Use of Cryptography

Topics: Cryptography

Cryptography has been in practice dating back to the Greeks of classical times and some ciphers have even been seen carved in stone in Egyptian times. These civilizations practiced cryptography with the goal of sending messages with confidentiality.

Students of cryptography today learn about the “Caesar cipher”, a form of substitution cipher used by Julis Caesar to communicate with his generals. Whether through history class or movies we’ve seen the stories of the Enigma machine used by Nazi Germany during World War II.

The importance of secrecy and privacy is shown by the resources and time these powerful civilizations in history put into studying cryptography. Just as it was in the past, the study and practice of securing information is a focus of the governments and powerful entities of modern civilization.

The difference today is that with the advent of computers, the study of cryptography has shifted both its breadth and depth of focus. The power of personal computers have allowed cryptography to be distributed amongst the common individual, taking power away from the central entities.

A power important enough for the government to implement restrictions on the exporting of encryption tools, an issue made visible by the lawsuits of its creators against the U.S. government. The power of computers also revealed what’s possible with cryptography that allows us to think deeper about the underlying privacy issues below the surface of basic security.

“Crypto-for-security has been extremely successful, at least by the criterion that it has been a key to enabling e-commerce.

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On the other hand, crypto-for-privacy often has social and political goals, and a misalignment of incentives frequently occurs.” (Narayanan) In his research article, the professor goes on to describe the emergence of ideas by crypto creators like David Chaum which create a world where we can maintain secure systems, but remove central authorities altogether. He later discusses the more pragmatic ideas and how leaders in this technology space can take action to improve cryptography’s effectiveness in privacy. The goal of this review is to dive into some of these pragmatic technologies that researchers have been working on more recently and to wrap it up by diving into some of Narayanan’s actions for improving cryptography and privacy.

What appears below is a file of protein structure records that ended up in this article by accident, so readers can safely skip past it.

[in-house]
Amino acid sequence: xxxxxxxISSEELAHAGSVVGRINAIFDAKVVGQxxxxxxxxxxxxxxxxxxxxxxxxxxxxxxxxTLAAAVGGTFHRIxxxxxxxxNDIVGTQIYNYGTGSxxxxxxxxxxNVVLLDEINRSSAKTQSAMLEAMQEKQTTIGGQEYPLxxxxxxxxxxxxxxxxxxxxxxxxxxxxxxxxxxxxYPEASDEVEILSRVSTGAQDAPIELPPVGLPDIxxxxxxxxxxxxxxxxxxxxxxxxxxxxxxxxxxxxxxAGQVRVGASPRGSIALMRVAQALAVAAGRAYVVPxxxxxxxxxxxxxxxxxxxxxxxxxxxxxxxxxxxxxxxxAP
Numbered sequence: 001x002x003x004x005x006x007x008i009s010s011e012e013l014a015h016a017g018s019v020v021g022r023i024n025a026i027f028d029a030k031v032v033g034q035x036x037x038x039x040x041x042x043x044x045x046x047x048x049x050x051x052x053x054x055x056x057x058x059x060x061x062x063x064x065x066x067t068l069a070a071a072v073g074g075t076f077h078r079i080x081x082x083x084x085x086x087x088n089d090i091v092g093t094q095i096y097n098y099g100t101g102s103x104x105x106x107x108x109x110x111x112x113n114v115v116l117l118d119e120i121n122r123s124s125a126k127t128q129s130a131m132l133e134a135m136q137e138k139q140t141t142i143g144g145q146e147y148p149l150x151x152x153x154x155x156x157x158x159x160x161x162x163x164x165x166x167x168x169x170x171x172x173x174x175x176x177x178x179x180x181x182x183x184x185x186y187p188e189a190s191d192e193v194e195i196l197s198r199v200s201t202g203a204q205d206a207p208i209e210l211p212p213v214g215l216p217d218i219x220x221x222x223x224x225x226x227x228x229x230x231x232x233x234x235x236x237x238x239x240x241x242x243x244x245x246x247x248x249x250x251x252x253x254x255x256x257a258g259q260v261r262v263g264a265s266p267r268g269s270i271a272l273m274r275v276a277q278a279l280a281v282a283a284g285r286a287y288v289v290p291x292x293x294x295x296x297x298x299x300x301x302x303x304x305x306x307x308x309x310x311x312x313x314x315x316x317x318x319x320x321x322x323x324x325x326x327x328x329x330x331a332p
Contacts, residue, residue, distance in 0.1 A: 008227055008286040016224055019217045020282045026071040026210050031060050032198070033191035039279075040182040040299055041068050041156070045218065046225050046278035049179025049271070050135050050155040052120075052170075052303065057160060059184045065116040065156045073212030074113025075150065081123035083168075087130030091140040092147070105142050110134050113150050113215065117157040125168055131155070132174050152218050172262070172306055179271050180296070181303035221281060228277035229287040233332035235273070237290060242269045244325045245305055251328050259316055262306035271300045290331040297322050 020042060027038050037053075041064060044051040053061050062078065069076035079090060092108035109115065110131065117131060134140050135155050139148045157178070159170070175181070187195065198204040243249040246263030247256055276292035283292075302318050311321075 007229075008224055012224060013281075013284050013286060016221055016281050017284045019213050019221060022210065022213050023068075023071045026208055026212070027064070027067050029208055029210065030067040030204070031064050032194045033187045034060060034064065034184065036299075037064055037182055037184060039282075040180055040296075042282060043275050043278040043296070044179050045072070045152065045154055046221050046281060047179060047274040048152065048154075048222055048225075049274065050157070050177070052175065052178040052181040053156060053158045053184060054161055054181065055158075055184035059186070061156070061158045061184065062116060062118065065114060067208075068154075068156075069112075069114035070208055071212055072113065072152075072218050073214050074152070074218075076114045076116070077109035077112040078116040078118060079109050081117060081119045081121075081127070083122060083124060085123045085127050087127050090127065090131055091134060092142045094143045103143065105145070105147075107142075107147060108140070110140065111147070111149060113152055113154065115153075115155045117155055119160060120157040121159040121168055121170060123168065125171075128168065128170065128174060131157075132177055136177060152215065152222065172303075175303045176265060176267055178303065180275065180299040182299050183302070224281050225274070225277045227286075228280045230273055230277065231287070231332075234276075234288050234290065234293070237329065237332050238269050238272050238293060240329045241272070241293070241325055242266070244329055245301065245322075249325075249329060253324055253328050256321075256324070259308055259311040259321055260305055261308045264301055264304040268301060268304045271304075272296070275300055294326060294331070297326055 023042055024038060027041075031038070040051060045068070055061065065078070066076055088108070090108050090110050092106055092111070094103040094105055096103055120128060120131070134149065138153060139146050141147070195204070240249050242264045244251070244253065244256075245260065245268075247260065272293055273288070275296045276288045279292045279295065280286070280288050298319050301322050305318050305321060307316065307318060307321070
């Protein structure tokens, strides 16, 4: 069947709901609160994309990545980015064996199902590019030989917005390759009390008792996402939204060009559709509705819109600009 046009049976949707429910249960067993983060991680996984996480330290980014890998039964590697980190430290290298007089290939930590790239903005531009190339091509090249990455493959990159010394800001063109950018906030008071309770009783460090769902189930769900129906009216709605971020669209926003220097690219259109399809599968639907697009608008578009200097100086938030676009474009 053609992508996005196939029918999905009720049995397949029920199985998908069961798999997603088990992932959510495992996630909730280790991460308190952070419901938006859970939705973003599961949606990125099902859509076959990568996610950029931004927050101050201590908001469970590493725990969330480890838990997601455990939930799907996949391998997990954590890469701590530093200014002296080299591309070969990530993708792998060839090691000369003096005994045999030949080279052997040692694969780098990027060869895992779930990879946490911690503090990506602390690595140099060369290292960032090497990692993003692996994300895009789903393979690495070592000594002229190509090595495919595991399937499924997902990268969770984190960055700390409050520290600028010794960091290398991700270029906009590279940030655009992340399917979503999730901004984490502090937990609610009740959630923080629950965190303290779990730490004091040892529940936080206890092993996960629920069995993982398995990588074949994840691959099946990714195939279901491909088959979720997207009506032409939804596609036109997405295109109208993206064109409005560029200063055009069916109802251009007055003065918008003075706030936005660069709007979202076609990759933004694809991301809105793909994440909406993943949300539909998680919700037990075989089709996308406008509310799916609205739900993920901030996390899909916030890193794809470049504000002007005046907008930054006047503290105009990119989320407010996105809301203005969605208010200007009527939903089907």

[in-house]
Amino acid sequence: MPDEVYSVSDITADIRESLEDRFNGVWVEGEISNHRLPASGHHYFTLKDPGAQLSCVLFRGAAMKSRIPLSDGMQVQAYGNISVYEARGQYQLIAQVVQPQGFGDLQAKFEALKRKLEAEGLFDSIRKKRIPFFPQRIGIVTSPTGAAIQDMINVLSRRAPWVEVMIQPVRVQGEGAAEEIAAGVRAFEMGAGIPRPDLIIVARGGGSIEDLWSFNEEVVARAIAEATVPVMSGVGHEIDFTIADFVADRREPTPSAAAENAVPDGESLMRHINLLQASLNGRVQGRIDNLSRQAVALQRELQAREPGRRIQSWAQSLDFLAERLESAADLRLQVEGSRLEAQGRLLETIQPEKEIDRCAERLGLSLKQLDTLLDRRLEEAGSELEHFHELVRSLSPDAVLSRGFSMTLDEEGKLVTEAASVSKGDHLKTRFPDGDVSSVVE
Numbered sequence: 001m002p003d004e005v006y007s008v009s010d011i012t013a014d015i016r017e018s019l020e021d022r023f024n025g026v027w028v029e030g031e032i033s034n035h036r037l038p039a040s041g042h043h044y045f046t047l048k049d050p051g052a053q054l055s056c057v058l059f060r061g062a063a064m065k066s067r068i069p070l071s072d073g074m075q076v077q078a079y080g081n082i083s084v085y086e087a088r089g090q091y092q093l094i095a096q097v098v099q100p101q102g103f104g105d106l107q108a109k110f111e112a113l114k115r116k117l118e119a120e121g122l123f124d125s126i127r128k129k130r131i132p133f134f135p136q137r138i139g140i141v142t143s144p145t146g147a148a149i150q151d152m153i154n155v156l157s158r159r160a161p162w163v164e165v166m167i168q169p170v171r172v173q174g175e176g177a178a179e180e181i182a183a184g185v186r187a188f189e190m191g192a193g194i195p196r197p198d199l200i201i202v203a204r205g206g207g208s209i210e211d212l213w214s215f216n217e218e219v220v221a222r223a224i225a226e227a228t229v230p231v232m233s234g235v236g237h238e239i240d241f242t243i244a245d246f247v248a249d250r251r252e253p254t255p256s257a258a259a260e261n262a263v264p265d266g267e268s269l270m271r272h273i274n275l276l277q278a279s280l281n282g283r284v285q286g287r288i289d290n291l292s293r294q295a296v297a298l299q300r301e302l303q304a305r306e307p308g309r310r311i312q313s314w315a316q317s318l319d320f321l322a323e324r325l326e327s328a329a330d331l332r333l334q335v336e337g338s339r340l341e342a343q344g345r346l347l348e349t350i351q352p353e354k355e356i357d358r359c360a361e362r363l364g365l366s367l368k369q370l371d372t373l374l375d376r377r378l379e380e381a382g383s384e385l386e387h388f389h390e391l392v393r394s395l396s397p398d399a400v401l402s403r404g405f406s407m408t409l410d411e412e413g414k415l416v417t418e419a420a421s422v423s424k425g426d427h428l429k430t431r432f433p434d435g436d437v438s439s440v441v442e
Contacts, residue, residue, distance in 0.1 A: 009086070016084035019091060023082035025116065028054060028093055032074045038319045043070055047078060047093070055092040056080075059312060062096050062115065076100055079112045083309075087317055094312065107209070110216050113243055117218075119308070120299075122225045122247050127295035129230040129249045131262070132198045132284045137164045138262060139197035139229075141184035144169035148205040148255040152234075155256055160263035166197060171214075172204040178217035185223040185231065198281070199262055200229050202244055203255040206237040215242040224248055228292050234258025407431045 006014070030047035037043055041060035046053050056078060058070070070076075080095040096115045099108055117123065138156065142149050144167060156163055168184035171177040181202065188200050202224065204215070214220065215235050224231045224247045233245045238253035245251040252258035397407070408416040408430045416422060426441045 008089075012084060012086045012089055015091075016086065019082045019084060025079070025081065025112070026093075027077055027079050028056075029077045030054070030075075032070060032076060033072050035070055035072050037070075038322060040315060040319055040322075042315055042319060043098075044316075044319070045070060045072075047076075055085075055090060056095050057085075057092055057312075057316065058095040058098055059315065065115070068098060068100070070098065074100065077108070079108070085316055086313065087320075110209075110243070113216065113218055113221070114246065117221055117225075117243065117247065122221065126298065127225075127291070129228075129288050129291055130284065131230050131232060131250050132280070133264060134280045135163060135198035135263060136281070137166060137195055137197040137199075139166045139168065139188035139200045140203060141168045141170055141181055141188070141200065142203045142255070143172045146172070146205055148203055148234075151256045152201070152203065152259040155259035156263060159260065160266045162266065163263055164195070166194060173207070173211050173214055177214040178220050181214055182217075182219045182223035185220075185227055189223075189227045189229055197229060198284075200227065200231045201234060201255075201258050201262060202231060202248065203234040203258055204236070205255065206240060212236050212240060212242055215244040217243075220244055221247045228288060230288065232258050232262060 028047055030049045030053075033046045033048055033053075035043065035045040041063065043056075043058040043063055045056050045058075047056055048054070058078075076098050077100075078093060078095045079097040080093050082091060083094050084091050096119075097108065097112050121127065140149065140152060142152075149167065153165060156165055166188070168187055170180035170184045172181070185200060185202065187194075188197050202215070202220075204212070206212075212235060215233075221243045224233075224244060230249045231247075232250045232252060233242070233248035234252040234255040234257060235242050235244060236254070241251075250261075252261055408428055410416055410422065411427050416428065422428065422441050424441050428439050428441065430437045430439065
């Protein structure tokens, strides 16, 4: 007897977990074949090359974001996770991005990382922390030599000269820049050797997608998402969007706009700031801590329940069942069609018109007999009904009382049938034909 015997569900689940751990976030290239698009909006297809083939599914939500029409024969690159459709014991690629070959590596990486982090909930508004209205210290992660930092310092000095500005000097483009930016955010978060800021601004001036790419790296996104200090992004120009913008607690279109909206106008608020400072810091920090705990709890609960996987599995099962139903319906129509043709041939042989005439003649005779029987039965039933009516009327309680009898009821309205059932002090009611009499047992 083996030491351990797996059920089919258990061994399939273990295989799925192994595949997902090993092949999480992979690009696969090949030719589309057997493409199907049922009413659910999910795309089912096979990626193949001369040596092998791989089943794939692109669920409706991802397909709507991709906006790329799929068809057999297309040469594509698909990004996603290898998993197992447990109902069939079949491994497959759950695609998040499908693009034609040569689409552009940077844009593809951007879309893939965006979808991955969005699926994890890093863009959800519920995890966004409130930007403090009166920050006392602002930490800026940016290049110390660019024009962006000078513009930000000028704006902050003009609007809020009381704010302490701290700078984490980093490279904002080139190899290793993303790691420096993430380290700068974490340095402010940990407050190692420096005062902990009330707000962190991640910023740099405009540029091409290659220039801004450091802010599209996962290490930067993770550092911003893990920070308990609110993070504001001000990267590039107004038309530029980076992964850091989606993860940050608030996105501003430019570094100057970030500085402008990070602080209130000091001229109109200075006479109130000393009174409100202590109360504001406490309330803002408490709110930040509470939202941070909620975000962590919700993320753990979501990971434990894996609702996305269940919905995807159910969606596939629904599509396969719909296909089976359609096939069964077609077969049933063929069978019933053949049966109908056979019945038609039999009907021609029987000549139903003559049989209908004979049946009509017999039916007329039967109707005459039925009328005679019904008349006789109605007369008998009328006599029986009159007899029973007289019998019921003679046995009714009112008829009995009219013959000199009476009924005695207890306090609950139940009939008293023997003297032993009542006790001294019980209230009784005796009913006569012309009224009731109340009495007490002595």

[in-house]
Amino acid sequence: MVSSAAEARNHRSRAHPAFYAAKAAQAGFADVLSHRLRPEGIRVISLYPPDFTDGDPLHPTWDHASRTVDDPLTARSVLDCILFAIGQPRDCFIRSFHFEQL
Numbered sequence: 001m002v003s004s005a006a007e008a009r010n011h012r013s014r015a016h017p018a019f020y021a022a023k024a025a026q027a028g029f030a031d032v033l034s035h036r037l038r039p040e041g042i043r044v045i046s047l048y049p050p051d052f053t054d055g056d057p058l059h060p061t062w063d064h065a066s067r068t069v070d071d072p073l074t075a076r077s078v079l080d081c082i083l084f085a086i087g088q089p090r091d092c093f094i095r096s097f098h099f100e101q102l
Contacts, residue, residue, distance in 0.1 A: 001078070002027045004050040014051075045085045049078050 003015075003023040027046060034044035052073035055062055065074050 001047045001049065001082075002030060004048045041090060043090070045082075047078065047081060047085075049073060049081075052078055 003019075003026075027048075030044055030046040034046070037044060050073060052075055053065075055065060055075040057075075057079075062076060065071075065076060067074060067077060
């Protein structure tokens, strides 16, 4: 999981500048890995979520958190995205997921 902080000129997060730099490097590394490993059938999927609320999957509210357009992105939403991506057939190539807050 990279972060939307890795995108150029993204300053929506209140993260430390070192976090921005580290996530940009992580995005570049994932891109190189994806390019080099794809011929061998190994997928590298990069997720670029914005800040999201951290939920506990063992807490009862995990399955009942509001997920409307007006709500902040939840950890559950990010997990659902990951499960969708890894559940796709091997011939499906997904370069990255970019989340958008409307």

Cryptography in Voting

Privacy in voting is an important measure in establishing fair elections without influence to the voter by intimidation, blackmailing, and vote buying. Voting systems today range from paper-based methods, machine voting, online voting, postal voting, open ballot, and other methods. As technology advances and we move into more computational and network based voting systems, the need for securing those systems becomes increasingly important. Cryptography can be used in remote voting systems to encrypt votes, ensure vote integrity, verify voter identification, and improve the vote counting process. Succeeding in implementing these cryptographic systems into our voting, will allow for people without the ability to vote in person to use secure online voting systems.

The problem is how we go about turning this seemingly physical ballot voting process into a secure virtual process. We start by breaking down the current system into smaller pieces that we can securely replicate using an online system. “Digital signatures are the cryptographer’s replacement for signatures or stamps.” (Bernhard and Warinschi) In a research paper by Bernhard and Warinschi, the authors break down the physical voting system piece by piece and compare them to the cryptographic system they will be replaced by. The paper presents ideas in a consumable format for a non-technical person with these comparisons and introduces the tools necessary for building a cryptographic voting system. For example, they introduce digital signatures as the “cryptographer’s replacement for signatures or stamps” in a physical voting system. They then propose a voting system called Helios that implements the cryptographic schemes and techniques they explained.

As shown by the research paper, we can create voting systems with cryptography that replace the physical systems with the same or even greater privacy. These improvements on privacy will allow for more elections where we can trust the results in online voting will not be tampered and the people’s privacy will be protected. Improving cryptography in voting may even help solve more difficult political issues around voter id. People will be able to feel safe voting in the privacy of their homes without revealing their identity. At the same time, the government will have cryptographic proof through digital signatures that the voter is correctly identified. Along the same lines, in special situations like a pandemic where large amounts of people aren’t able to reach physical voting ballots, the need for a secure, private, and accurate virtual voting system is essential.